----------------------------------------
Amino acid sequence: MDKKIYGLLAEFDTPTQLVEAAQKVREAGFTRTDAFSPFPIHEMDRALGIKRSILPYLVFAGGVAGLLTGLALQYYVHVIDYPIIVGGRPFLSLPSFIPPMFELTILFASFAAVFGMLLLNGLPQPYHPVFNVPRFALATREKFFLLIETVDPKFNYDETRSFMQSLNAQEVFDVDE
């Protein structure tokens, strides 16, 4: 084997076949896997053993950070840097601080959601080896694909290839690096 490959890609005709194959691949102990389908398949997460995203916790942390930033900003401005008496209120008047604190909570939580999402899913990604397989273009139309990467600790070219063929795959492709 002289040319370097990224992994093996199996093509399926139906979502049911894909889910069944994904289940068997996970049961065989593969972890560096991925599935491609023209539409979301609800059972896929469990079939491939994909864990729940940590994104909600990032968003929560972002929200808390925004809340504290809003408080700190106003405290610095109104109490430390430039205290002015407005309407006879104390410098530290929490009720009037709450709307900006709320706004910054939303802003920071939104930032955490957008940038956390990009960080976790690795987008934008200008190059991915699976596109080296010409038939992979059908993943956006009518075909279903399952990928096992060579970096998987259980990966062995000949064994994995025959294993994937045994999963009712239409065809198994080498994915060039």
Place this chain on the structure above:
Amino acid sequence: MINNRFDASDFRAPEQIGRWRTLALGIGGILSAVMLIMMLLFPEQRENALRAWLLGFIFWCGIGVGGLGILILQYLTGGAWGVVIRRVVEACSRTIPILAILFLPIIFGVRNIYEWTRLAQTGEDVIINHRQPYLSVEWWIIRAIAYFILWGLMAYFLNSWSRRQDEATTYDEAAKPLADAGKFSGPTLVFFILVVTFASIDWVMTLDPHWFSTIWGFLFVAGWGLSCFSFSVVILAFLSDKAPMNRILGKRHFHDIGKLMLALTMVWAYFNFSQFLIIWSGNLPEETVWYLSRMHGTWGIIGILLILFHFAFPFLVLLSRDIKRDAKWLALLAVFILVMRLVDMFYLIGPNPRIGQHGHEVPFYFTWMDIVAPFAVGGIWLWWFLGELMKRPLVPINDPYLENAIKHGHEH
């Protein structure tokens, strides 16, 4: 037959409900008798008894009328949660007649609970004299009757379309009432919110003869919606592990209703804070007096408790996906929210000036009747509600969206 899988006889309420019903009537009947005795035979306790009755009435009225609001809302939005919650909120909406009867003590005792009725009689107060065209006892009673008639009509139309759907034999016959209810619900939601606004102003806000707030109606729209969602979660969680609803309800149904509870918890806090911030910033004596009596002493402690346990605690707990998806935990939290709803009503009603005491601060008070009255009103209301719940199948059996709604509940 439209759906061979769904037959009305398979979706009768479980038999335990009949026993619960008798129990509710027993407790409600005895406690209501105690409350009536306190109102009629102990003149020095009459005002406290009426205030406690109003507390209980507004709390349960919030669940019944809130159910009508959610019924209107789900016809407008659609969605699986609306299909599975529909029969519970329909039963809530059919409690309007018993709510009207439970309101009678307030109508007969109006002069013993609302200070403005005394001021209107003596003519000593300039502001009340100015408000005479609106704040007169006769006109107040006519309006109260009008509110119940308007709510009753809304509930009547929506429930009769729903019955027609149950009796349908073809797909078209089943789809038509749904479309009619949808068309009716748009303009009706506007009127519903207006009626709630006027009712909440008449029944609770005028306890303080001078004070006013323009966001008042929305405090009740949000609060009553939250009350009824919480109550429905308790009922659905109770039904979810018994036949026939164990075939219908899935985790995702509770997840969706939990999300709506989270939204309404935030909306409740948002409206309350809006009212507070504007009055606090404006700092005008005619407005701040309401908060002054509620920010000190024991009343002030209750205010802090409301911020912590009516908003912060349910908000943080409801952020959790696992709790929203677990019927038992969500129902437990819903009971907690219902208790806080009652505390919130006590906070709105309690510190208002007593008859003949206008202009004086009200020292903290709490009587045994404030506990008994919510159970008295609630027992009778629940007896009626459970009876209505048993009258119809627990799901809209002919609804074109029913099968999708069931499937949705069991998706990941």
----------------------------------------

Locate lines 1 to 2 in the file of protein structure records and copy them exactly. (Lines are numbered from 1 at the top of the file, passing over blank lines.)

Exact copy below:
Amino acid sequence: MDKKIYGLLAEFDTPTQLVEAAQKVREAGFTRTDAFSPFPIHEMDRALGIKRSILPYLVFAGGVAGLLTGLALQYYVHVIDYPIIVGGRPFLSLPSFIPPMFELTILFASFAAVFGMLLLNGLPQPYHPVFNVPRFALATREKFFLLIETVDPKFNYDETRSFMQSLNAQEVFDVDE
């Protein structure tokens, strides 16, 4: 084997076949896997053993950070840097601080959601080896694909290839690096 490959890609005709194959691949102990389908398949997460995203916790942390930033900003401005008496209120008047604190909570939580999402899913990604397989273009139309990467600790070219063929795959492709 002289040319370097990224992994093996199996093509399926139906979502049911894909889910069944994904289940068997996970049961065989593969972890560096991925599935491609023209539409979301609800059972896929469990079939491939994909864990729940940590994104909600990032968003929560972002929200808390925004809340504290809003408080700190106003405290610095109104109490430390430039205290002015407005309407006879104390410098530290929490009720009037709450709307900006709320706004910054939303802003920071939104930032955490957008940038956390990009960080976790690795987008934008200008190059991915699976596109080296010409038939992979059908993943956006009518075909279903399952990928096992060579970096998987259980990966062995000949064994994995025959294993994937045994999963009712239409065809198994080498994915060039």